The role of the hydrological cycle in contributing to the livelihoods of rural communities is often said to be important, but clear evidence of this is rarely offered. Furthermore, where such aspects are considered, they are largely focussed on the use of water from rivers, boreholes or some form of storage (blue water).In this study, the hydrological cycle is considered in its entirety.
Links between rural livelihoods, land use and the goods and services
provided by the evaporation and transpiration components of the
hydrological cycle (green water) are assessed through analyses of rural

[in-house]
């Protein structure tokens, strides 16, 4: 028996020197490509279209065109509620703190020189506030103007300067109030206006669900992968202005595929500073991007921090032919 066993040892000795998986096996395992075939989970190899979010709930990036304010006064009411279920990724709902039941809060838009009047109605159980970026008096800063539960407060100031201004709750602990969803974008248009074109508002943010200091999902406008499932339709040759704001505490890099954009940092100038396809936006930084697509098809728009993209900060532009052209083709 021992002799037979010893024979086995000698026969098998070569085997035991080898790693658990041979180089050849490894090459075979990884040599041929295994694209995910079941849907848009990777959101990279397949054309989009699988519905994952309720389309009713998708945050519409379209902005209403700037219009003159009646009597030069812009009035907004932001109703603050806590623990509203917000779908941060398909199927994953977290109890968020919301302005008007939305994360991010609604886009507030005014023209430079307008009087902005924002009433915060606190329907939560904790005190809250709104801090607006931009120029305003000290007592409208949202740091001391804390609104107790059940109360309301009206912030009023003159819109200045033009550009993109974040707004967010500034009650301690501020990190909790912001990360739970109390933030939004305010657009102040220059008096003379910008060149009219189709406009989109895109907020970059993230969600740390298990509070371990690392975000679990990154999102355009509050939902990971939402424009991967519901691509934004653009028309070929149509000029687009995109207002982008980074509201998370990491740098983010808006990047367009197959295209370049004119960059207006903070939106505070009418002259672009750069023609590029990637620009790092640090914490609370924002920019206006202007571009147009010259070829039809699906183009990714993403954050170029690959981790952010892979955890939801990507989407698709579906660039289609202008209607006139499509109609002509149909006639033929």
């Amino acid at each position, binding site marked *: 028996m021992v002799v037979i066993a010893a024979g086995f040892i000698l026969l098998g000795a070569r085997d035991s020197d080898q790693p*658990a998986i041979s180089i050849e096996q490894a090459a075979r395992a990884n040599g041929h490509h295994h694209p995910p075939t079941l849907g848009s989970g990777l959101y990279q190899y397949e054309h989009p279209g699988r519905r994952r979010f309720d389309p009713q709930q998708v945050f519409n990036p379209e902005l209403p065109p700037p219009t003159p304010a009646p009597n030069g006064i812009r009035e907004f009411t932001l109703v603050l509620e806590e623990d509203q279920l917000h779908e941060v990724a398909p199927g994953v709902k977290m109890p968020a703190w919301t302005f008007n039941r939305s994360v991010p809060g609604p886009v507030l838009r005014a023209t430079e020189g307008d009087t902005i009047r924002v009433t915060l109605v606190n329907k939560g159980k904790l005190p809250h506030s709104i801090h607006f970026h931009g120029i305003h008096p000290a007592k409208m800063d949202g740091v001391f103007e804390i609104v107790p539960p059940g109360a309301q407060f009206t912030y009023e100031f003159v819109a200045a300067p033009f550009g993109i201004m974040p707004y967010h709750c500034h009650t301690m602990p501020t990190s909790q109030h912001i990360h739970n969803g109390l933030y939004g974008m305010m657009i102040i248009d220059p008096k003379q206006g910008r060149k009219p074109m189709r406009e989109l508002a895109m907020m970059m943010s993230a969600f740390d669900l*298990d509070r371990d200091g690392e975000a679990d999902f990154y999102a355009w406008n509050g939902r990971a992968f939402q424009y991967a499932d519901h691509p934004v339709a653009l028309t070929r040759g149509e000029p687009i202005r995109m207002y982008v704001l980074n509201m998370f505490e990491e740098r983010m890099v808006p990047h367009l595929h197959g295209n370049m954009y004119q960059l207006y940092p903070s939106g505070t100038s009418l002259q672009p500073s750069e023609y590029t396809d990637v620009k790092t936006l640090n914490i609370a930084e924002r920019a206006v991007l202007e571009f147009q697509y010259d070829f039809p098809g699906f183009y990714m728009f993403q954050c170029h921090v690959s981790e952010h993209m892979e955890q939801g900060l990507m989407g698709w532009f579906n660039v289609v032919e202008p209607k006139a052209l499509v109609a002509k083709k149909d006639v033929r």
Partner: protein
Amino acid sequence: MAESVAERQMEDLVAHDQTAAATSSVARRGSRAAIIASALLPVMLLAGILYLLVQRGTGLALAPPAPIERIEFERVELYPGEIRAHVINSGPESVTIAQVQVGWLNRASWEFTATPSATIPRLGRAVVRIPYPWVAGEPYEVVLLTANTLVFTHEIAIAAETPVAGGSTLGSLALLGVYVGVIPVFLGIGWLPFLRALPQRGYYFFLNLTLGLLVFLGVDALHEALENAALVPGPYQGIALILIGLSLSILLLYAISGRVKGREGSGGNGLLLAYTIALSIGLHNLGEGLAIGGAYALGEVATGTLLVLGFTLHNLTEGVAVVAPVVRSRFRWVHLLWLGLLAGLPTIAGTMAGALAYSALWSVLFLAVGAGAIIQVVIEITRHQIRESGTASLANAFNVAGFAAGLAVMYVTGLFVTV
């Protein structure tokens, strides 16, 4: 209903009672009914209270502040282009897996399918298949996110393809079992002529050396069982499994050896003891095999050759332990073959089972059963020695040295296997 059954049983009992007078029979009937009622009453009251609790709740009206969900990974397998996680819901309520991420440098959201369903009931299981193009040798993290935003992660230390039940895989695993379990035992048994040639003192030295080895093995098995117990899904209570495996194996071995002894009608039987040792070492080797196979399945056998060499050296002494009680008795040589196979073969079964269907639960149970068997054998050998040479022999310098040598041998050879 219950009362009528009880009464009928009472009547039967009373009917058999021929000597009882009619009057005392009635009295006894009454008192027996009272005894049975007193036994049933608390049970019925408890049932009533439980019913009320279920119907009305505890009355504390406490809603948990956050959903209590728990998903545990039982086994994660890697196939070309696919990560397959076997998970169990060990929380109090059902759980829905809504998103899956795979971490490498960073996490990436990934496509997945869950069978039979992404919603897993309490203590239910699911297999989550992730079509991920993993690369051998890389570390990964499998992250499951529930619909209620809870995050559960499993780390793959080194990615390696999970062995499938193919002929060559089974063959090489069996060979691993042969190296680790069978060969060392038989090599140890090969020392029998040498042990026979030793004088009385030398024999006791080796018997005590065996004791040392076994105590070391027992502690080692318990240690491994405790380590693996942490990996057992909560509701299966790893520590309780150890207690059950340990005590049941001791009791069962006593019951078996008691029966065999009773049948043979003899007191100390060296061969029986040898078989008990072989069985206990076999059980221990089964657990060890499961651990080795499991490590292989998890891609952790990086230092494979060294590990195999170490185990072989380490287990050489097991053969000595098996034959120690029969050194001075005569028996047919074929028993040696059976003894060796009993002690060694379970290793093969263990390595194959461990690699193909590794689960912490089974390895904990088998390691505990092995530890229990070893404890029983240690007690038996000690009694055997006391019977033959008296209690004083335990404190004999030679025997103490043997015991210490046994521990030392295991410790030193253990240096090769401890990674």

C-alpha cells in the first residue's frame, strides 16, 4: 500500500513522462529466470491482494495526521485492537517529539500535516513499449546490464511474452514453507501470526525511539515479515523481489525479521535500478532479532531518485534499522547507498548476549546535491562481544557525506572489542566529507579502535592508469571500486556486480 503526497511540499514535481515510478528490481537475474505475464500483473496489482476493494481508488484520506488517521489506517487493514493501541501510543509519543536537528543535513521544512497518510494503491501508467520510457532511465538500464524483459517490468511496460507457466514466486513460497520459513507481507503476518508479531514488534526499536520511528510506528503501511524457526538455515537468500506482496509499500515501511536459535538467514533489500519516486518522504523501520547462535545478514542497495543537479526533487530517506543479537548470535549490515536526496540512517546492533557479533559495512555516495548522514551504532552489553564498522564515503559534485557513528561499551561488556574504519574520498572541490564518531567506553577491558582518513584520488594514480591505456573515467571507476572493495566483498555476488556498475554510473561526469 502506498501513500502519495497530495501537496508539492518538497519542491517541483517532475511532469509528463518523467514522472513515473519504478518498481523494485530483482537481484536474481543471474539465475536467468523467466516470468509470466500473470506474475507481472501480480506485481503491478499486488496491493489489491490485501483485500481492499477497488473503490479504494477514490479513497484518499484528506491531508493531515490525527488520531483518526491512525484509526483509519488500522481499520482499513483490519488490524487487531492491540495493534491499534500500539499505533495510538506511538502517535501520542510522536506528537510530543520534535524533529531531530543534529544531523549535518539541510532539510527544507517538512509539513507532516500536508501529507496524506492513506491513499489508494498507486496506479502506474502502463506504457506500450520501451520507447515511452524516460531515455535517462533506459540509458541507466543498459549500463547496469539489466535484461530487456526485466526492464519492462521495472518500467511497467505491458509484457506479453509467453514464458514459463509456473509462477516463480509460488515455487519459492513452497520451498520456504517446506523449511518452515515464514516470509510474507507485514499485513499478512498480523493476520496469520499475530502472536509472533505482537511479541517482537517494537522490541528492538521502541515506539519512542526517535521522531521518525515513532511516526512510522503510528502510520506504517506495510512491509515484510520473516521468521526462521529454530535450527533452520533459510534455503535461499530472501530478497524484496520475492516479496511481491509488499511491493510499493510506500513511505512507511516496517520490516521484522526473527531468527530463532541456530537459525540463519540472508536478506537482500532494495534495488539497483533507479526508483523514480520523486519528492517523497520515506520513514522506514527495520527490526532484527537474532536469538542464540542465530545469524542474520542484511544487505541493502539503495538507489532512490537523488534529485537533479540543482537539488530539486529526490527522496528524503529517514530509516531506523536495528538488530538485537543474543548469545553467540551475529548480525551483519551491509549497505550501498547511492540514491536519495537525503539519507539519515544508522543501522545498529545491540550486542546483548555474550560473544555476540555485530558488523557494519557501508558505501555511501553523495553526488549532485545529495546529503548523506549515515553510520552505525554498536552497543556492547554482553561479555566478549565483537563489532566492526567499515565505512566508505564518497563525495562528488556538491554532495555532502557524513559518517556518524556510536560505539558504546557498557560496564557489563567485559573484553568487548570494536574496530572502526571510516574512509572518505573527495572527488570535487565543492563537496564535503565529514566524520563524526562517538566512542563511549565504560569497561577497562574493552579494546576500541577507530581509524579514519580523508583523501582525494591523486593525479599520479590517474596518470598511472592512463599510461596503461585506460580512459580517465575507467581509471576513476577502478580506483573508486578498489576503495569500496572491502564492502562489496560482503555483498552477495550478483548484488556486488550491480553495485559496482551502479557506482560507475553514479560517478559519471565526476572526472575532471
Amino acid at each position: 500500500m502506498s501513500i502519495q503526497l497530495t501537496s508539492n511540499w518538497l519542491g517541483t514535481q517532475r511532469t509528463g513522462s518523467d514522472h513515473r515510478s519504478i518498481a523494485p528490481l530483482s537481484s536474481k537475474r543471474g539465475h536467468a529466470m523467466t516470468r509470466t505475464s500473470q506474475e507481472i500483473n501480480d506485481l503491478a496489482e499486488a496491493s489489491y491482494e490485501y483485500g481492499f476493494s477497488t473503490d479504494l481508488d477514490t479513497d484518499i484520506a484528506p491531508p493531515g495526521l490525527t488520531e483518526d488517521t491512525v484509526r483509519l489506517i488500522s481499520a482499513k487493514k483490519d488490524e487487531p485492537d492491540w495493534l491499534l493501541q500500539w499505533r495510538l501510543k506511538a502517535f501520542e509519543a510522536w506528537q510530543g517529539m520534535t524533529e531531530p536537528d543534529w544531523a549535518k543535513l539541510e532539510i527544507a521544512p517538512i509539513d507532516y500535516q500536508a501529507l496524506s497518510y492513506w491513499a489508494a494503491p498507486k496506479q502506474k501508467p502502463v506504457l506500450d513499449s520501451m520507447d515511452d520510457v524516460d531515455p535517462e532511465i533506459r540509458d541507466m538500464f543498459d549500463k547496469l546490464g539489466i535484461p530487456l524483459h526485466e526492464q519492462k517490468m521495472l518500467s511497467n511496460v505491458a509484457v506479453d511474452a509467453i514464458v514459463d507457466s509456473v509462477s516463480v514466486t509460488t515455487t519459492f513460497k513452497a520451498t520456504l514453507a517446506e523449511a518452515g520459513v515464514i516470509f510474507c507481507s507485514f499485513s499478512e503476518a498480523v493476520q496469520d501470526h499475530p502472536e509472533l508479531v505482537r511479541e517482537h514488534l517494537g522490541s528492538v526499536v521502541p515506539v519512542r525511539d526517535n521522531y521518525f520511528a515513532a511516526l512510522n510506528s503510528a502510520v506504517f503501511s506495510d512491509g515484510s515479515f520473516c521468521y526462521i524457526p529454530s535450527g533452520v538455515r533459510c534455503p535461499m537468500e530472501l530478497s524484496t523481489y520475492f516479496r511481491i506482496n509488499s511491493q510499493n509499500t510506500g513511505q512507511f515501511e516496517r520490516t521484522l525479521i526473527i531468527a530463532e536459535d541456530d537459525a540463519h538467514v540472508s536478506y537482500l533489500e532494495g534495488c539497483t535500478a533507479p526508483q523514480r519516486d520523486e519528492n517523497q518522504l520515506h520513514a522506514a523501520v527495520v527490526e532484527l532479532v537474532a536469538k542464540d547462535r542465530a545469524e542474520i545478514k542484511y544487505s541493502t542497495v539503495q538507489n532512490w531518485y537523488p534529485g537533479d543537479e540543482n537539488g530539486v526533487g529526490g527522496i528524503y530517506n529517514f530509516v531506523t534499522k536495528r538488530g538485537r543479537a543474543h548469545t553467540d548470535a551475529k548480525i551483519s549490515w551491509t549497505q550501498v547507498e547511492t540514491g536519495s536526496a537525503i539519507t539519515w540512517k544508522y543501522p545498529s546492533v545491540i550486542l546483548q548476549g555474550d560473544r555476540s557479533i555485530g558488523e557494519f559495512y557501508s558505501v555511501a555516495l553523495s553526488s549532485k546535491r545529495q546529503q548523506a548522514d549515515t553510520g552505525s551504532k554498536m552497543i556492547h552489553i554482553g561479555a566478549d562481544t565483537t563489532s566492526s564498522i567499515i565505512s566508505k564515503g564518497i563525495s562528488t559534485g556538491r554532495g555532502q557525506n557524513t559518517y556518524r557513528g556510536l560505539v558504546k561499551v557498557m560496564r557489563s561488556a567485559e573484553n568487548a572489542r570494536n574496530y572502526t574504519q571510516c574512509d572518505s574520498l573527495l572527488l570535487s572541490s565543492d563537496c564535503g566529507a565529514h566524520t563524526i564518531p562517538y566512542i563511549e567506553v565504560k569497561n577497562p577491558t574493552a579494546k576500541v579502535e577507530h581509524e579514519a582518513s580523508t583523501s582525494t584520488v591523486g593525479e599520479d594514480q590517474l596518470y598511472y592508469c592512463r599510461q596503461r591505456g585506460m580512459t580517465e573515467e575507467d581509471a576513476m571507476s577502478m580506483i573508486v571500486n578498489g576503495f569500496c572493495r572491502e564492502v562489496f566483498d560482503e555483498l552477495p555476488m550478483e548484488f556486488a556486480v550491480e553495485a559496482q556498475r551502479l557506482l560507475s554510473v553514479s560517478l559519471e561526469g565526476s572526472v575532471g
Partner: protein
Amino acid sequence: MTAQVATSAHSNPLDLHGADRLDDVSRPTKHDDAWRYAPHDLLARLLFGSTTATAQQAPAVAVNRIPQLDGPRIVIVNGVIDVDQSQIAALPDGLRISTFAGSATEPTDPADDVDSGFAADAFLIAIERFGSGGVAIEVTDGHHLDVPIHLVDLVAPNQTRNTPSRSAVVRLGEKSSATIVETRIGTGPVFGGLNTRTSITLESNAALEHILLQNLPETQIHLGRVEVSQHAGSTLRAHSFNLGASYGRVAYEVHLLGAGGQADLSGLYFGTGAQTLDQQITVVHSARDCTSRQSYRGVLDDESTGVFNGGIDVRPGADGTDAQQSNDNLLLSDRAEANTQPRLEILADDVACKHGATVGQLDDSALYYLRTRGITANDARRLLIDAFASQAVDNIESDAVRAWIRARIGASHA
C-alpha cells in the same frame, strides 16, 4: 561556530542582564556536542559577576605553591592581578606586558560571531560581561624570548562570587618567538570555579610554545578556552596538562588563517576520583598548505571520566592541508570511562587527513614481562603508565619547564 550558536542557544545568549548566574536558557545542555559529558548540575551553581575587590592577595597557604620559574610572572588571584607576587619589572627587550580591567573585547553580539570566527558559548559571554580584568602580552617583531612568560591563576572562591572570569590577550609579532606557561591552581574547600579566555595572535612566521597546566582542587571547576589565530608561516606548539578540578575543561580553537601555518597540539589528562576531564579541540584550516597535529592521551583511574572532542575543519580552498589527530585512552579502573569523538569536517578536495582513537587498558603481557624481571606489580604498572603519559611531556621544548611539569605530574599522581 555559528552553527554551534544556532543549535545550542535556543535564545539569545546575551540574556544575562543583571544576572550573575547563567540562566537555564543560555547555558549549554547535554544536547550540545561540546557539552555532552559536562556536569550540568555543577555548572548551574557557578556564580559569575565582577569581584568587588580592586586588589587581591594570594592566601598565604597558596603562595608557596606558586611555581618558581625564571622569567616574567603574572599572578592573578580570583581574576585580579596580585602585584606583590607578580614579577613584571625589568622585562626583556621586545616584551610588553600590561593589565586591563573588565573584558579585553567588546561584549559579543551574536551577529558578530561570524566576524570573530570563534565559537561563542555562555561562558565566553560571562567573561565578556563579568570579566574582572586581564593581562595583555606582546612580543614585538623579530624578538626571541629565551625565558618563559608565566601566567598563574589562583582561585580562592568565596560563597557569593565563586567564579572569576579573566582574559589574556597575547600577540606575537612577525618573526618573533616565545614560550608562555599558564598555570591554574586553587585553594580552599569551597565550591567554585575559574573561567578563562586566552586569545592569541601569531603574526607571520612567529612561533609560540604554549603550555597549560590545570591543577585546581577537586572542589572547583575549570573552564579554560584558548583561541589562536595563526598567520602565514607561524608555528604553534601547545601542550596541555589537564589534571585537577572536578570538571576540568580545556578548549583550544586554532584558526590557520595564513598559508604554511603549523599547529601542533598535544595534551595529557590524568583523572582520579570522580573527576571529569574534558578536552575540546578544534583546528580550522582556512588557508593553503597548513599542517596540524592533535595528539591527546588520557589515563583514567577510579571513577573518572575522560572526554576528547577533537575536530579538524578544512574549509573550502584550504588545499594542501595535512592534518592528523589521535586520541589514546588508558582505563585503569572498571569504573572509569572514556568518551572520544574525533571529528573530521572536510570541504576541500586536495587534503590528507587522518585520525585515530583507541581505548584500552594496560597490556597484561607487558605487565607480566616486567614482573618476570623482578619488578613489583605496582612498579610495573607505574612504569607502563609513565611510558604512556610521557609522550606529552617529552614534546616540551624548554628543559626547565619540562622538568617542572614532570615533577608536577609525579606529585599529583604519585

livelihoods in the Luvuvhu catchment, Limpopo Province, South Africa.
Results highlight the importance of green water, and thus the importance
of access to land and use of the natural resource base, in disaggregated
rural community livelihood strategies.
Finally, we describe a methodology for linking common outputs from
hydrological models to rural livelihood impacts. In this way, the
potential role of land use change in disaggregated rural livelihoods can
be assessed for various development scenarios, such as increases in
commercial forestry and dryland agriculture.
Physics and chemistry of the Earth (2004) 29 (15-18) 1209-1217 [10.1016/j.pce.2004.09.028]
Linking the hydrological cycle and rural livelihoods: a case study in the Luvuvhu catchment, South Africa